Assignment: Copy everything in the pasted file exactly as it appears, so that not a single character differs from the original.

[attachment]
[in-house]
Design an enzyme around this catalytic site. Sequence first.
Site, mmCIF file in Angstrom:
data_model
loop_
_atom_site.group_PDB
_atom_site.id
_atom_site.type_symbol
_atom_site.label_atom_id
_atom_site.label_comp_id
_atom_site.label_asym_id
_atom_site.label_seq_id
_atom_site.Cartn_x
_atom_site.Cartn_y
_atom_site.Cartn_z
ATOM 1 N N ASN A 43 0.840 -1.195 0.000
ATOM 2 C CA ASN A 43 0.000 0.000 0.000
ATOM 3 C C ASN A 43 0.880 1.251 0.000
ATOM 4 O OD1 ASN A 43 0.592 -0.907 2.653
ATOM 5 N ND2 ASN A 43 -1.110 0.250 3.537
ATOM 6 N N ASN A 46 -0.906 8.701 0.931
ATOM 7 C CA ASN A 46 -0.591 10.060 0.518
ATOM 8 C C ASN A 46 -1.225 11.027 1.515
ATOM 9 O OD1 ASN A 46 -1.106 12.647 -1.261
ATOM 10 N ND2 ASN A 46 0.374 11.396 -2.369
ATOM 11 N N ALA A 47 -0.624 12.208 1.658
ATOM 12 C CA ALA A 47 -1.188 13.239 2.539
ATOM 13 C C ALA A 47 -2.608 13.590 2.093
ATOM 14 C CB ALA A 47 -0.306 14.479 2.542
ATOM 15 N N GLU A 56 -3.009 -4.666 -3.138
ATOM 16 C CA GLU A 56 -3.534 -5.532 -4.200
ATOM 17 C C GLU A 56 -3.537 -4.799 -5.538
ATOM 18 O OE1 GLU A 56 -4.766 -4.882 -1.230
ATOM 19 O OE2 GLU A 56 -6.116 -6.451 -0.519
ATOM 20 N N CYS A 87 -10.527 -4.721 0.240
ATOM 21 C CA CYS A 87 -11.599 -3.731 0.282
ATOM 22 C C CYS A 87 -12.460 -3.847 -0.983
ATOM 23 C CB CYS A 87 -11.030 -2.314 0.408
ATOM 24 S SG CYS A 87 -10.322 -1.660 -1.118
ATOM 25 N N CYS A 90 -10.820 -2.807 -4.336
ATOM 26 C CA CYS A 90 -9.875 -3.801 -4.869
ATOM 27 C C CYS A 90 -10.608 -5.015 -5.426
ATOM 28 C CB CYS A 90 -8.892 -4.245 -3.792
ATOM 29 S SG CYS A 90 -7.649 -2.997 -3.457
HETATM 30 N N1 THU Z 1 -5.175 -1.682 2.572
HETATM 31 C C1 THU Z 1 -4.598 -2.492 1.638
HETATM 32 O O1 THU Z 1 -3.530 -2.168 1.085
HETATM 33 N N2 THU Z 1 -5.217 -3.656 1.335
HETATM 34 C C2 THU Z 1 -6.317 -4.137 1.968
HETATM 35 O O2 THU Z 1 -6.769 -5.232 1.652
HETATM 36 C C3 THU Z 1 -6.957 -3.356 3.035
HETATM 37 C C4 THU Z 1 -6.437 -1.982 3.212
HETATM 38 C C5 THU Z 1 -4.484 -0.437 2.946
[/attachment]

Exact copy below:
[in-house]
Design an enzyme around this catalytic site. Sequence first.
Site, mmCIF file in Angstrom:
data_model
loop_
_atom_site.group_PDB
_atom_site.id
_atom_site.type_symbol
_atom_site.label_atom_id
_atom_site.label_comp_id
_atom_site.label_asym_id
_atom_site.label_seq_id
_atom_site.Cartn_x
_atom_site.Cartn_y
_atom_site.Cartn_z
ATOM 1 N N ASN A 43 0.840 -1.195 0.000
ATOM 2 C CA ASN A 43 0.000 0.000 0.000
ATOM 3 C C ASN A 43 0.880 1.251 0.000
ATOM 4 O OD1 ASN A 43 0.592 -0.907 2.653
ATOM 5 N ND2 ASN A 43 -1.110 0.250 3.537
ATOM 6 N N ASN A 46 -0.906 8.701 0.931
ATOM 7 C CA ASN A 46 -0.591 10.060 0.518
ATOM 8 C C ASN A 46 -1.225 11.027 1.515
ATOM 9 O OD1 ASN A 46 -1.106 12.647 -1.261
ATOM 10 N ND2 ASN A 46 0.374 11.396 -2.369
ATOM 11 N N ALA A 47 -0.624 12.208 1.658
ATOM 12 C CA ALA A 47 -1.188 13.239 2.539
ATOM 13 C C ALA A 47 -2.608 13.590 2.093
ATOM 14 C CB ALA A 47 -0.306 14.479 2.542
ATOM 15 N N GLU A 56 -3.009 -4.666 -3.138
ATOM 16 C CA GLU A 56 -3.534 -5.532 -4.200
ATOM 17 C C GLU A 56 -3.537 -4.799 -5.538
ATOM 18 O OE1 GLU A 56 -4.766 -4.882 -1.230
ATOM 19 O OE2 GLU A 56 -6.116 -6.451 -0.519
ATOM 20 N N CYS A 87 -10.527 -4.721 0.240
ATOM 21 C CA CYS A 87 -11.599 -3.731 0.282
ATOM 22 C C CYS A 87 -12.460 -3.847 -0.983
ATOM 23 C CB CYS A 87 -11.030 -2.314 0.408
ATOM 24 S SG CYS A 87 -10.322 -1.660 -1.118
ATOM 25 N N CYS A 90 -10.820 -2.807 -4.336
ATOM 26 C CA CYS A 90 -9.875 -3.801 -4.869
ATOM 27 C C CYS A 90 -10.608 -5.015 -5.426
ATOM 28 C CB CYS A 90 -8.892 -4.245 -3.792
ATOM 29 S SG CYS A 90 -7.649 -2.997 -3.457
HETATM 30 N N1 THU Z 1 -5.175 -1.682 2.572
HETATM 31 C C1 THU Z 1 -4.598 -2.492 1.638
HETATM 32 O O1 THU Z 1 -3.530 -2.168 1.085
HETATM 33 N N2 THU Z 1 -5.217 -3.656 1.335
HETATM 34 C C2 THU Z 1 -6.317 -4.137 1.968
HETATM 35 O O2 THU Z 1 -6.769 -5.232 1.652
HETATM 36 C C3 THU Z 1 -6.957 -3.356 3.035
HETATM 37 C C4 THU Z 1 -6.437 -1.982 3.212
HETATM 38 C C5 THU Z 1 -4.484 -0.437 2.946